• 1% from Mali

Similarly high percentages of the migrants arriving over land come from Syria and Afghanistan (although others who come over land are economic migrants—see below).

According to the UNHCR 82% arrivals via the Mediterranean Sea came from the world’s top 10 refugee-producing countries in 2015 and this has risen to 92% by May 2016.

For more information:


“Some are economic migrants, seeking better jobs – but unlike refugees, they can return to their own country safely.”

Migrants entering the EU via the Western Balkans Route, or from Africa, tend to be economic migrants. Citizens of Eritrea, Somalia and Sudan comprised 41% of the 119,500 arrivals in Italy in 2015. Many of these people may be fleeing abject poverty, but the 1951 Convention does not oblige EU Member states to offer them protection.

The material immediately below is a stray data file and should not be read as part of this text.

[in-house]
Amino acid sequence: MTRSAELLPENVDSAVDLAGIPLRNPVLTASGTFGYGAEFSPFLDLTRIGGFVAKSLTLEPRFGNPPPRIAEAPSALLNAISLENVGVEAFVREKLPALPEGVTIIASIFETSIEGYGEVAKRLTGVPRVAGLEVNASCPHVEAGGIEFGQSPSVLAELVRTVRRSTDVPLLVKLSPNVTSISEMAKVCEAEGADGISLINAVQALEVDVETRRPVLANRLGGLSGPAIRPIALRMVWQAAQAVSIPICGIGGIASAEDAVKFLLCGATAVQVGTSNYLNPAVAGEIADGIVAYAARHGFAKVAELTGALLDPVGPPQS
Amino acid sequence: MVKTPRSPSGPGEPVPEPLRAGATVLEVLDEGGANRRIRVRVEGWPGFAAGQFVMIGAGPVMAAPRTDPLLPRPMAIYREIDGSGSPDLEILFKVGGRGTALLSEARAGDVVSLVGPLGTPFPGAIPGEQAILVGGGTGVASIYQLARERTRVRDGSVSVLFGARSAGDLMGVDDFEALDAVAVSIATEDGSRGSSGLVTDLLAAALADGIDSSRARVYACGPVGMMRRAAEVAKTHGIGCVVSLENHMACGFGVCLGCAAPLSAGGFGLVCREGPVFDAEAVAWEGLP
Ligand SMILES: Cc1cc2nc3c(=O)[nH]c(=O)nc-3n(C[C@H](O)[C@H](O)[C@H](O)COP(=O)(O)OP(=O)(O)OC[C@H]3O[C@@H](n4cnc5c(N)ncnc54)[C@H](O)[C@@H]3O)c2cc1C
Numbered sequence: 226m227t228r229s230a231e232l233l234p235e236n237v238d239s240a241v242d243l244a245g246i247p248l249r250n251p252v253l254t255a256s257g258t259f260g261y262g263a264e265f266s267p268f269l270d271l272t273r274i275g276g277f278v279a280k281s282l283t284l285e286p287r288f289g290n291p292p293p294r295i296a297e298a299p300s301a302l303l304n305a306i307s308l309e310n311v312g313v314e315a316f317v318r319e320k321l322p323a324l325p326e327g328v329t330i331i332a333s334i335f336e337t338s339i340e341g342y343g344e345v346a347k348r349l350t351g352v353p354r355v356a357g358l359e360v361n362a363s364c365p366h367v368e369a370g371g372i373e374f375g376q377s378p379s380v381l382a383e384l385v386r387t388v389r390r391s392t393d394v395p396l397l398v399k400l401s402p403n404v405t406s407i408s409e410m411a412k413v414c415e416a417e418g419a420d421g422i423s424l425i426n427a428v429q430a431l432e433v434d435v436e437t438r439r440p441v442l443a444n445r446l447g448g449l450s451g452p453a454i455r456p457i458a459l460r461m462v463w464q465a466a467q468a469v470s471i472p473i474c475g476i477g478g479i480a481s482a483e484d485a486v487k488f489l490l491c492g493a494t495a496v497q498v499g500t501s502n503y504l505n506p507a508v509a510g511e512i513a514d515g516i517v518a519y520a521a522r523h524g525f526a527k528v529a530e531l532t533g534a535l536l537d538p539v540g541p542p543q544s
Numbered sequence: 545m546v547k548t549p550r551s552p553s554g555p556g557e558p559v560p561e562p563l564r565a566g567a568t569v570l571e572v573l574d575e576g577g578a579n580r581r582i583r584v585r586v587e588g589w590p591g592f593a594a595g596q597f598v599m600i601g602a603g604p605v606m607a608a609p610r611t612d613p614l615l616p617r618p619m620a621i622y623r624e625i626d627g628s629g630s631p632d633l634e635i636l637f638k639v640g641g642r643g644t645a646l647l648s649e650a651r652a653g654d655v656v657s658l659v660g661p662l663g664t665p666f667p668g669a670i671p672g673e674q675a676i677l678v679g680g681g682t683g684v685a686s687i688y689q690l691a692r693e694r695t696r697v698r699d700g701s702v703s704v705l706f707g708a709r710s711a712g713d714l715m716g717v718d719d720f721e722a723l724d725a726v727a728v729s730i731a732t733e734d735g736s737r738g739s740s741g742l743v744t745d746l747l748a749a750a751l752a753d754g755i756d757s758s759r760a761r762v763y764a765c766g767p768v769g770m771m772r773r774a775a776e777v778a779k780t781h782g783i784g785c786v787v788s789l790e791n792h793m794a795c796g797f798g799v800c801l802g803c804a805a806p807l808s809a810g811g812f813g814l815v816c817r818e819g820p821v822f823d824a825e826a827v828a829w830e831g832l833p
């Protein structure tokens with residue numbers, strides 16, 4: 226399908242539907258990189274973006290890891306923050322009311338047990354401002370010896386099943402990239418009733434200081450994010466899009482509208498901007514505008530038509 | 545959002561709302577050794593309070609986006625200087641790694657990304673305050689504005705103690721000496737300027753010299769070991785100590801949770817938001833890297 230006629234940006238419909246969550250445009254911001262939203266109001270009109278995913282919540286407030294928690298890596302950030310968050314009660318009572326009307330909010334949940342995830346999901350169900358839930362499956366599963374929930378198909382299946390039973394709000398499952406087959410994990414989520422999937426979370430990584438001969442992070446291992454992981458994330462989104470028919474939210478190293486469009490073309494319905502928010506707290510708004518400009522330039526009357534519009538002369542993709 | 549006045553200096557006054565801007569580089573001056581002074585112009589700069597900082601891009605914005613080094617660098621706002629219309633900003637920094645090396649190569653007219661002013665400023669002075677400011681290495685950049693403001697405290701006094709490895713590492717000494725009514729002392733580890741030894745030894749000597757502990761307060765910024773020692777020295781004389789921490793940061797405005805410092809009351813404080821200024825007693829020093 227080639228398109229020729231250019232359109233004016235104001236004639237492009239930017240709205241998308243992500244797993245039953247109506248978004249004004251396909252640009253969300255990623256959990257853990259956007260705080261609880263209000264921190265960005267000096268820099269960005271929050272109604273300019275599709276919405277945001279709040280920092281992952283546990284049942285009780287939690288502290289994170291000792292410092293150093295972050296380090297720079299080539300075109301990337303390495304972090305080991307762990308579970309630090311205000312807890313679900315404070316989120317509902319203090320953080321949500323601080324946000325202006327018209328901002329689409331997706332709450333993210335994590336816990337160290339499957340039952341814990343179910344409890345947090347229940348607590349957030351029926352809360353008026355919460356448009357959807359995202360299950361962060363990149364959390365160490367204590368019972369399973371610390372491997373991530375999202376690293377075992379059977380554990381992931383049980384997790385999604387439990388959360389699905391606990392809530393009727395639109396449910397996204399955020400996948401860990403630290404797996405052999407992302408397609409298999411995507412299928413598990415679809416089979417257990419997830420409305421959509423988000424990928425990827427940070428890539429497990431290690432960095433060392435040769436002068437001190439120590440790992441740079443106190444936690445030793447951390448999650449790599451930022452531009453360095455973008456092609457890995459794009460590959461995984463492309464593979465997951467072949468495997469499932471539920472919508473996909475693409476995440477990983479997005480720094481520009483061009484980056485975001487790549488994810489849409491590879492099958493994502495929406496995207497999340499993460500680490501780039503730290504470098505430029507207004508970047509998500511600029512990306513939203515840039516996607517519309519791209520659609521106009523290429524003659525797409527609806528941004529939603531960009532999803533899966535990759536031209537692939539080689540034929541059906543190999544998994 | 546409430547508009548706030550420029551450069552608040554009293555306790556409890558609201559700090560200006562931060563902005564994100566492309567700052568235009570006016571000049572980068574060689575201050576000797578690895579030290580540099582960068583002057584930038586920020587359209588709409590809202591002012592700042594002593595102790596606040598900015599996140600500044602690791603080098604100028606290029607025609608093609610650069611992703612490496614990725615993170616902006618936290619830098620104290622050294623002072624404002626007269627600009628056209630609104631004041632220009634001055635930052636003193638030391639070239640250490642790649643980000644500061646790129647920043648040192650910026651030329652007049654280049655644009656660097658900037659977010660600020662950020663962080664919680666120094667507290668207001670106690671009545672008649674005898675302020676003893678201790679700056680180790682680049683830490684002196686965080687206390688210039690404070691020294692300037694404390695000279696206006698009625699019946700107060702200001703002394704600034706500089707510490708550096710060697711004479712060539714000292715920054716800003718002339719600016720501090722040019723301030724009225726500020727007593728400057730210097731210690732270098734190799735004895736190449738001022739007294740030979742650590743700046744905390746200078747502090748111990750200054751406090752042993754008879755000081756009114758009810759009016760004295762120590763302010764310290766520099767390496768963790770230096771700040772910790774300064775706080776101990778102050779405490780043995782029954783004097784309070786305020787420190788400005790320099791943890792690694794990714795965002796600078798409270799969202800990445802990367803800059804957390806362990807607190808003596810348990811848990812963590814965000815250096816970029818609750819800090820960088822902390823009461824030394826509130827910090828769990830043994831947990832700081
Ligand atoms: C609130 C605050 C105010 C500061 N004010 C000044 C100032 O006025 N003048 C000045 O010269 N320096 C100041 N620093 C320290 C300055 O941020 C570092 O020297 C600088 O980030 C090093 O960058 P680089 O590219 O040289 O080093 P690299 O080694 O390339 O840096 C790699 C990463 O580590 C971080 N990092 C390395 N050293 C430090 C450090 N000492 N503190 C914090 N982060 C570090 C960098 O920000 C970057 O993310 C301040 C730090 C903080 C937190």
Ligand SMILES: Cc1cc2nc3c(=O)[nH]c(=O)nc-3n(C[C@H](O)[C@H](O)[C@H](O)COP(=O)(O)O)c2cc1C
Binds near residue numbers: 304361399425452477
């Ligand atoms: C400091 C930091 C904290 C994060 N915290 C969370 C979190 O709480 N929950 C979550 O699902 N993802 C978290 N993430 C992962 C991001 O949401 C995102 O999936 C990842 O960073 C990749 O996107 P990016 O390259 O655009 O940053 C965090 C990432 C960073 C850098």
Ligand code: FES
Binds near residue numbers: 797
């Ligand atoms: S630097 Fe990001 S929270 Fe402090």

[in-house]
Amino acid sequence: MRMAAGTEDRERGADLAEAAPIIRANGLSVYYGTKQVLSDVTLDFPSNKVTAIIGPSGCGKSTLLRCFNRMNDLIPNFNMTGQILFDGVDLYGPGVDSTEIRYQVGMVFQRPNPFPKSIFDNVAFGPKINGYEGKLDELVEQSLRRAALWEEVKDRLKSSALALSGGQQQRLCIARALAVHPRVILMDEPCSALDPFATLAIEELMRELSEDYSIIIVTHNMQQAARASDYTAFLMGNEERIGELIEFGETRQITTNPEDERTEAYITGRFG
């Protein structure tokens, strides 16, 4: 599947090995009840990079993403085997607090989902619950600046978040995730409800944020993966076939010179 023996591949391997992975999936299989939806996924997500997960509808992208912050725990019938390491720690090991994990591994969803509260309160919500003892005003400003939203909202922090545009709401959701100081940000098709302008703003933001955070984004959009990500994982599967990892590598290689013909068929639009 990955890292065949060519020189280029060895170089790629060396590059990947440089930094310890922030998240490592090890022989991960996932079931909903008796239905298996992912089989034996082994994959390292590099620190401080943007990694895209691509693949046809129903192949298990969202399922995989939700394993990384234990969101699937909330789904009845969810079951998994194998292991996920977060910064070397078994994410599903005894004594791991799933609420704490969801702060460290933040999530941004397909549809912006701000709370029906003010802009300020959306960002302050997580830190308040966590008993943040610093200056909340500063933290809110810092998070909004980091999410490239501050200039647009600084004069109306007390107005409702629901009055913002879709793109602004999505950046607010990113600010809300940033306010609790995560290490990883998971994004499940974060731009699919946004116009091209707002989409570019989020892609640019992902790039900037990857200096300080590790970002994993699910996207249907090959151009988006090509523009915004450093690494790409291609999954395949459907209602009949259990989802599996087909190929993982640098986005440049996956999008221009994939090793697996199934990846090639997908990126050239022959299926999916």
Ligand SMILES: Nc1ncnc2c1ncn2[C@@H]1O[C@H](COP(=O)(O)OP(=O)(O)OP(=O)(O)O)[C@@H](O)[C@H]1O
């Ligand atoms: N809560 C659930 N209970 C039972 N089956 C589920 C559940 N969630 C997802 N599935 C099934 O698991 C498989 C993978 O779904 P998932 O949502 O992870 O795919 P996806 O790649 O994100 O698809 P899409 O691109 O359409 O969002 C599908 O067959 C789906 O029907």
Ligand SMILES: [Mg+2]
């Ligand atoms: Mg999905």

For more information:

“International students almost all do return home when their course finishes”

A 2011 European Network Migration Study found that “international students represent a substantial proportion of the non-EU population in many (Member) States... In 2011, over 2 million first residence permits were issued to third country nationals; although the highest number of new permits was granted for family reasons, some 21% of all new permits were issued for education reasons. Of all new residence permits issued for education reasons in 2011, almost 190 000 were issued for study purposes, as per the Student Directive 2004/114/EC.”

The UK-based Migration Observatory issued a briefing regarding the situation in the UK in 2015. The key points are as follows: